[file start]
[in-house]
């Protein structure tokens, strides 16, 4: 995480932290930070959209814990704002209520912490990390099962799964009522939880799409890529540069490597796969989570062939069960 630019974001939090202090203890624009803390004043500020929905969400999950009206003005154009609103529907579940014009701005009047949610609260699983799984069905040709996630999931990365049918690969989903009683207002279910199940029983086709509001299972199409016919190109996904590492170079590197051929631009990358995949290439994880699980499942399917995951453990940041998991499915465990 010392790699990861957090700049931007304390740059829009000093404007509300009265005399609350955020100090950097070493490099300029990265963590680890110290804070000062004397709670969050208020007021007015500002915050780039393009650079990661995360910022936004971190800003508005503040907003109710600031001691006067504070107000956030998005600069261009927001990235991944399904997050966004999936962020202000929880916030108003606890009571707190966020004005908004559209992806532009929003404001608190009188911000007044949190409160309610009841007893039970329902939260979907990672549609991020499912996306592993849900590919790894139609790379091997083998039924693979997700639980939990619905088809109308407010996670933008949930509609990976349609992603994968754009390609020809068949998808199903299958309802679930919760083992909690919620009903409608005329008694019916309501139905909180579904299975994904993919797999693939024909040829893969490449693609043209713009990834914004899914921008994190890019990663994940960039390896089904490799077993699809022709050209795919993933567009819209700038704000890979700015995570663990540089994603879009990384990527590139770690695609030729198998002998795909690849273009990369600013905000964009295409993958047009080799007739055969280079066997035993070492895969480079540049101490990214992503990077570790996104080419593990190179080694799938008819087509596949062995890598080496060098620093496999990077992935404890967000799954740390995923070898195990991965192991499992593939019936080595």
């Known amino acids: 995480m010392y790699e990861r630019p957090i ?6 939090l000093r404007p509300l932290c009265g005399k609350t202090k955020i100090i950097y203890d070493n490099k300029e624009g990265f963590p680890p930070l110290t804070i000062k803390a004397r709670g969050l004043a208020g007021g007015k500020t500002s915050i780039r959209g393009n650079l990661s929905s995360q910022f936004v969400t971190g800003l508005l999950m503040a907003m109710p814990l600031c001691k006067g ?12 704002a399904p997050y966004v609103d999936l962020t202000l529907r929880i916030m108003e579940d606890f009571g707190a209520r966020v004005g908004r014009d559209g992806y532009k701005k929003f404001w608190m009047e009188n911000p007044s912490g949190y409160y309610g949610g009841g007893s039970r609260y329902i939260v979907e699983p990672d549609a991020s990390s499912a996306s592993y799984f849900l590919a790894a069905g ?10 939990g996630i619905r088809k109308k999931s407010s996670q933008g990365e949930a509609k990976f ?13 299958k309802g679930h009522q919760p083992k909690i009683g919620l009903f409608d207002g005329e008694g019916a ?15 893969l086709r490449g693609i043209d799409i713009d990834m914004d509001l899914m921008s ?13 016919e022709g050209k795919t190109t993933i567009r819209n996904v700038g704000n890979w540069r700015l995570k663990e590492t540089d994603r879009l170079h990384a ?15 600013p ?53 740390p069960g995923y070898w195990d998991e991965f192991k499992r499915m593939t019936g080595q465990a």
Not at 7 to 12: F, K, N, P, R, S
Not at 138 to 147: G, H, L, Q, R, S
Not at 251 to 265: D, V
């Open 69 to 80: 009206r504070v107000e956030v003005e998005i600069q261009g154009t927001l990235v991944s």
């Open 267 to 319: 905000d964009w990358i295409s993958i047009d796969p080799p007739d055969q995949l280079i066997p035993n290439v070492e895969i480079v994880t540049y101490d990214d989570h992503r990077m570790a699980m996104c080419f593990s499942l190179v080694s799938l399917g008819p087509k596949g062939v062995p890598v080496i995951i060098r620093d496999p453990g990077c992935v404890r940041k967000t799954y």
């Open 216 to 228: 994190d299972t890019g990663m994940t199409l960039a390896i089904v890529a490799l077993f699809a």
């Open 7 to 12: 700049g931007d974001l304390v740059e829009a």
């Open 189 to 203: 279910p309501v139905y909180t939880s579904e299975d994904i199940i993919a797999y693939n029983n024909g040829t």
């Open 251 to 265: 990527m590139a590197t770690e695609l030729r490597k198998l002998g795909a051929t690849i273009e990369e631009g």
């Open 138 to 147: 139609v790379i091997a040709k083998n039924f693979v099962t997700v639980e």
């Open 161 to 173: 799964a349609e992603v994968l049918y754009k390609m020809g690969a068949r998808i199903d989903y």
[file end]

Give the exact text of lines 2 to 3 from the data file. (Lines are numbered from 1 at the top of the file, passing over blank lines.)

């Protein structure tokens, strides 16, 4: 995480932290930070959209814990704002209520912490990390099962799964009522939880799409890529540069490597796969989570062939069960 630019974001939090202090203890624009803390004043500020929905969400999950009206003005154009609103529907579940014009701005009047949610609260699983799984069905040709996630999931990365049918690969989903009683207002279910199940029983086709509001299972199409016919190109996904590492170079590197051929631009990358995949290439994880699980499942399917995951453990940041998991499915465990 010392790699990861957090700049931007304390740059829009000093404007509300009265005399609350955020100090950097070493490099300029990265963590680890110290804070000062004397709670969050208020007021007015500002915050780039393009650079990661995360910022936004971190800003508005503040907003109710600031001691006067504070107000956030998005600069261009927001990235991944399904997050966004999936962020202000929880916030108003606890009571707190966020004005908004559209992806532009929003404001608190009188911000007044949190409160309610009841007893039970329902939260979907990672549609991020499912996306592993849900590919790894139609790379091997083998039924693979997700639980939990619905088809109308407010996670933008949930509609990976349609992603994968754009390609020809068949998808199903299958309802679930919760083992909690919620009903409608005329008694019916309501139905909180579904299975994904993919797999693939024909040829893969490449693609043209713009990834914004899914921008994190890019990663994940960039390896089904490799077993699809022709050209795919993933567009819209700038704000890979700015995570663990540089994603879009990384990527590139770690695609030729198998002998795909690849273009990369600013905000964009295409993958047009080799007739055969280079066997035993070492895969480079540049101490990214992503990077570790996104080419593990190179080694799938008819087509596949062995890598080496060098620093496999990077992935404890967000799954740390995923070898195990991965192991499992593939019936080595």
């Known amino acids: 995480m010392y790699e990861r630019p957090i ?6 939090l000093r404007p509300l932290c009265g005399k609350t202090k955020i100090i950097y203890d070493n490099k300029e624009g990265f963590p680890p930070l110290t804070i000062k803390a004397r709670g969050l004043a208020g007021g007015k500020t500002s915050i780039r959209g393009n650079l990661s929905s995360q910022f936004v969400t971190g800003l508005l999950m503040a907003m109710p814990l600031c001691k006067g ?12 704002a399904p997050y966004v609103d999936l962020t202000l529907r929880i916030m108003e579940d606890f009571g707190a209520r966020v004005g908004r014009d559209g992806y532009k701005k929003f404001w608190m009047e009188n911000p007044s912490g949190y409160y309610g949610g009841g007893s039970r609260y329902i939260v979907e699983p990672d549609a991020s990390s499912a996306s592993y799984f849900l590919a790894a069905g ?10 939990g996630i619905r088809k109308k999931s407010s996670q933008g990365e949930a509609k990976f ?13 299958k309802g679930h009522q919760p083992k909690i009683g919620l009903f409608d207002g005329e008694g019916a ?15 893969l086709r490449g693609i043209d799409i713009d990834m914004d509001l899914m921008s ?13 016919e022709g050209k795919t190109t993933i567009r819209n996904v700038g704000n890979w540069r700015l995570k663990e590492t540089d994603r879009l170079h990384a ?15 600013p ?53 740390p069960g995923y070898w195990d998991e991965f192991k499992r499915m593939t019936g080595q465990a």